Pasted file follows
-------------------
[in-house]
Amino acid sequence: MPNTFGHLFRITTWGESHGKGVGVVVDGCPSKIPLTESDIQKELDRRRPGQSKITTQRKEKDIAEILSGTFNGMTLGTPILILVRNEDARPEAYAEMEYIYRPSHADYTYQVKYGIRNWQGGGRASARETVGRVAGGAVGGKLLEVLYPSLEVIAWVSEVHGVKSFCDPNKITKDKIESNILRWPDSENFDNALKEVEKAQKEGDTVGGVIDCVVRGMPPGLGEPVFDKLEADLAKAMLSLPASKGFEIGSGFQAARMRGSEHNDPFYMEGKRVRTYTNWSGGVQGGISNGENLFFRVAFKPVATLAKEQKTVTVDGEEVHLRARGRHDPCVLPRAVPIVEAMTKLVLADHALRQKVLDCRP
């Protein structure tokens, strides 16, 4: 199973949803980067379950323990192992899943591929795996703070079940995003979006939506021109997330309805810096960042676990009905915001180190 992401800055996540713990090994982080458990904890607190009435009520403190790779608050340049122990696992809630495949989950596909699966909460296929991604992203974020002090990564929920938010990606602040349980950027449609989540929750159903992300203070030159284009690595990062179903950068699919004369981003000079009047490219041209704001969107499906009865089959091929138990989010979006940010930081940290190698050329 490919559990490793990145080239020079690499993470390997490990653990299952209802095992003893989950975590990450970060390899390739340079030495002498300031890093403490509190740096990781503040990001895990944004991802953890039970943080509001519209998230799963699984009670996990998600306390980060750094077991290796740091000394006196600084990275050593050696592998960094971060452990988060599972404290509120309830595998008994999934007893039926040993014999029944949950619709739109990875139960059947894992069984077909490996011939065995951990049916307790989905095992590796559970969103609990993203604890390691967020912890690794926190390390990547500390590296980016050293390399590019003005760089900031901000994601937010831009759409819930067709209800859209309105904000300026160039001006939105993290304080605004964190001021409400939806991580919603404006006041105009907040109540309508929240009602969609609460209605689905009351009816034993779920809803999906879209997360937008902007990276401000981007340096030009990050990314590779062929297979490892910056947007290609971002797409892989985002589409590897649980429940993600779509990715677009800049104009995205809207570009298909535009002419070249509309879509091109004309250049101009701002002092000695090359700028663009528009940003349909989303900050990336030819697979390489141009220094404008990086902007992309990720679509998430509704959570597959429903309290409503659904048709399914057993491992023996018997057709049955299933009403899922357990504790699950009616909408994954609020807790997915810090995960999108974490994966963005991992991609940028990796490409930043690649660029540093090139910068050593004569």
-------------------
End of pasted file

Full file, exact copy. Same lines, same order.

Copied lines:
[in-house]
Amino acid sequence: MPNTFGHLFRITTWGESHGKGVGVVVDGCPSKIPLTESDIQKELDRRRPGQSKITTQRKEKDIAEILSGTFNGMTLGTPILILVRNEDARPEAYAEMEYIYRPSHADYTYQVKYGIRNWQGGGRASARETVGRVAGGAVGGKLLEVLYPSLEVIAWVSEVHGVKSFCDPNKITKDKIESNILRWPDSENFDNALKEVEKAQKEGDTVGGVIDCVVRGMPPGLGEPVFDKLEADLAKAMLSLPASKGFEIGSGFQAARMRGSEHNDPFYMEGKRVRTYTNWSGGVQGGISNGENLFFRVAFKPVATLAKEQKTVTVDGEEVHLRARGRHDPCVLPRAVPIVEAMTKLVLADHALRQKVLDCRP
């Protein structure tokens, strides 16, 4: 199973949803980067379950323990192992899943591929795996703070079940995003979006939506021109997330309805810096960042676990009905915001180190 992401800055996540713990090994982080458990904890607190009435009520403190790779608050340049122990696992809630495949989950596909699966909460296929991604992203974020002090990564929920938010990606602040349980950027449609989540929750159903992300203070030159284009690595990062179903950068699919004369981003000079009047490219041209704001969107499906009865089959091929138990989010979006940010930081940290190698050329 490919559990490793990145080239020079690499993470390997490990653990299952209802095992003893989950975590990450970060390899390739340079030495002498300031890093403490509190740096990781503040990001895990944004991802953890039970943080509001519209998230799963699984009670996990998600306390980060750094077991290796740091000394006196600084990275050593050696592998960094971060452990988060599972404290509120309830595998008994999934007893039926040993014999029944949950619709739109990875139960059947894992069984077909490996011939065995951990049916307790989905095992590796559970969103609990993203604890390691967020912890690794926190390390990547500390590296980016050293390399590019003005760089900031901000994601937010831009759409819930067709209800859209309105904000300026160039001006939105993290304080605004964190001021409400939806991580919603404006006041105009907040109540309508929240009602969609609460209605689905009351009816034993779920809803999906879209997360937008902007990276401000981007340096030009990050990314590779062929297979490892910056947007290609971002797409892989985002589409590897649980429940993600779509990715677009800049104009995205809207570009298909535009002419070249509309879509091109004309250049101009701002002092000695090359700028663009528009940003349909989303900050990336030819697979390489141009220094404008990086902007992309990720679509998430509704959570597959429903309290409503659904048709399914057993491992023996018997057709049955299933009403899922357990504790699950009616909408994954609020807790997915810090995960999108974490994966963005991992991609940028990796490409930043690649660029540093090139910068050593004569």